LITTLE ROCK, Ark. — Arkansas’ governor said Friday he will spare the life of a death row inmate whom the state planned to put to death earlier this year, but he also set a November execution date for another convicted killer.
Gov. Asa Hutchinson issued a proclamation scheduling a Nov. 9 execution for Jack Greene, marking the state’s first scheduled lethal injection since putting four men to death in April. The executions were the first in Arkansas since 2005.
The governor later said he planned to commute the death sentence of another inmate, Jason McGehee, who was among eight men originally scheduled for execution in April. The state scheduled those executions to occur before its supply of midazolam, a sedative used in the state’s three-drug lethal injection process, expired.
The state announced last week it had obtained a new supply of midazolam, and records showed the state paid $250 in cash for enough of the drug to conduct two executions. State law keeps the source of the state’s execution drugs secret, but the Department of Correction said the drug supply expires in January 2019.
The new drug supply was revealed after Attorney General Leslie Rutledge asked Hutchinson to schedule Greene’s execution, noting he had exhausted all of his appeals. Greene, 62, was convicted of killing Sidney Jethro Burnett in 1991 after Burnett and his wife accused Greene of arson.
The governor did not comment beyond setting the execution date. Greene wasn’t among the four inmates temporarily spared by the courts from execution in April.
Greene’s attorneys argue that he is severely mentally ill, suffering from a fixed delusion that prison officials and his attorneys are conspiring to cover up injuries he believes corrections officers inflicted on him. The delusions cause Greene to twist his body and stuff his ear and nose with toilet paper to cope with pain, his attorneys said.
“In the coming weeks, it’s imperative that the appropriate decision makers consider whether the state should execute a man in such a feeble mental state,” Scott Braden, an assistant federal defender, said in a statement.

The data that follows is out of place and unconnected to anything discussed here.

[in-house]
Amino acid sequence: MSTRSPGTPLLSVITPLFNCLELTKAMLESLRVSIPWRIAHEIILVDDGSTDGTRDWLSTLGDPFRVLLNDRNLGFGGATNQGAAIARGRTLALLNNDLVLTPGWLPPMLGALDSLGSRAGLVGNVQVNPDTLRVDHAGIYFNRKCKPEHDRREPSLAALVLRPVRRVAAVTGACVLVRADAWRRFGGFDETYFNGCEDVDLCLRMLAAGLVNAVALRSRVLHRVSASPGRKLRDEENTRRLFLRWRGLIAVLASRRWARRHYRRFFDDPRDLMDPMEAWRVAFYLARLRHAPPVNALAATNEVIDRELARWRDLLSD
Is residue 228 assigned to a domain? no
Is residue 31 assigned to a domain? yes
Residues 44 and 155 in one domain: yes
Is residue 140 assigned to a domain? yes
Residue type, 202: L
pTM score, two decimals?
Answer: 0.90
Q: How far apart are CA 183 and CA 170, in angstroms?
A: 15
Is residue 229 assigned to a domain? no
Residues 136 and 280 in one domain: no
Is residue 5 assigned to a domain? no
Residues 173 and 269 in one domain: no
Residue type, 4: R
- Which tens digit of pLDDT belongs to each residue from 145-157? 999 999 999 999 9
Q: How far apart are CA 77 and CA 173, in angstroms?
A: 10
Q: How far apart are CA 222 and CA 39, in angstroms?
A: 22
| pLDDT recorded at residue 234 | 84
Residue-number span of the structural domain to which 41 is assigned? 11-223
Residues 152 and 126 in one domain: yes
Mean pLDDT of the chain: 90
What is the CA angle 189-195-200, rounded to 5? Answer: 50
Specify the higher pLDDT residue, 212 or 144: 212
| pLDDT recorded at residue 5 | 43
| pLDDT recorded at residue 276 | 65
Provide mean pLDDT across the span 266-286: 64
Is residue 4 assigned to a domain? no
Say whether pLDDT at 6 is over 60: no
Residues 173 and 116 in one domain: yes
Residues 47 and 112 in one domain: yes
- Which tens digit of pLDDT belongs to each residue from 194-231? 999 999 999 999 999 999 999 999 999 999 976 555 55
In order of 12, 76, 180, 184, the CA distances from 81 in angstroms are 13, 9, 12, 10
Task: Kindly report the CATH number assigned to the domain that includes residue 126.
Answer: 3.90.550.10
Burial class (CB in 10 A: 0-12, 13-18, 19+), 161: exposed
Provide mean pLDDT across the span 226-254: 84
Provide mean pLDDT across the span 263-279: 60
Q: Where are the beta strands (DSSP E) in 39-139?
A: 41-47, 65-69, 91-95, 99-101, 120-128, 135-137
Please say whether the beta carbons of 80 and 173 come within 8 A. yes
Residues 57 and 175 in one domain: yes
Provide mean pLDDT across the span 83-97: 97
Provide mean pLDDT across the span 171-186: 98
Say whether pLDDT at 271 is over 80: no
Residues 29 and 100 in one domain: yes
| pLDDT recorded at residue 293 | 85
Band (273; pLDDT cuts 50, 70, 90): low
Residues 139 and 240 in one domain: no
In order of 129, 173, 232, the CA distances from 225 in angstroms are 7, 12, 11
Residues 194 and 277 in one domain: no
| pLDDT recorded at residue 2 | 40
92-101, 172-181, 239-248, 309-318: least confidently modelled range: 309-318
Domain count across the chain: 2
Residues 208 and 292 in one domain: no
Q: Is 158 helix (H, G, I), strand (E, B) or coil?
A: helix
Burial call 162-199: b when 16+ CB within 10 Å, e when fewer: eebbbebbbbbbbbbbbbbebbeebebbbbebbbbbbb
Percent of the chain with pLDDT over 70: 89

Braden argued it was unconstitutional to execute someone who cannot rationally comprehend the punishment. He also noted Greene has been in solitary confinement for more than two decades.
Prosecutors alleged Greene beat Burnett with a can of hominy before stabbing him and slitting his throat. Greene had three trials. Death sentences in his first two were overturned because prosecutors improperly used a separate court case as an aggravating circumstance.
Less than two hours after scheduling Greene’s execution, Hutchinson said he planned to commute McGehee’s sentence to life without parole.
McGehee was sentenced to death in the 1996 beating death of 15-year-old Johnny Melbourne Jr. Several people attacked the teenager, though co-defendants said McGhee did most of the beating.
“In making this decision I considered many factors including the entire trial transcript, meetings with members of the victim’s family and the recommendation of the Parole Board,” Hutchinson said in a statement, adding that the disparity in sentences given to defendants in the case was a factor in his decision.
McGehee had faced an April 27 execution, but a federal judge put his execution on hold after the Arkansas Parole Board recommended clemency.
McGehee’s federal public defender, John C. Williams, said the governor “has used this power appropriately and wisely here. We are grateful for his decision to show mercy.”
The executions in April were Arkansas’ first using midazolam. Death penalty opponents say the drug is incapable of inducing unconsciousness or preventing serious pain.
The sedative has been used in several problematic executions. Kenneth Williams, one of the inmates Arkansas put to death in April using the drug, lurched and convulsed 20 times during his execution.
Hutchinson rejected calls for an outside investigation of the executions after Williams was put to death.
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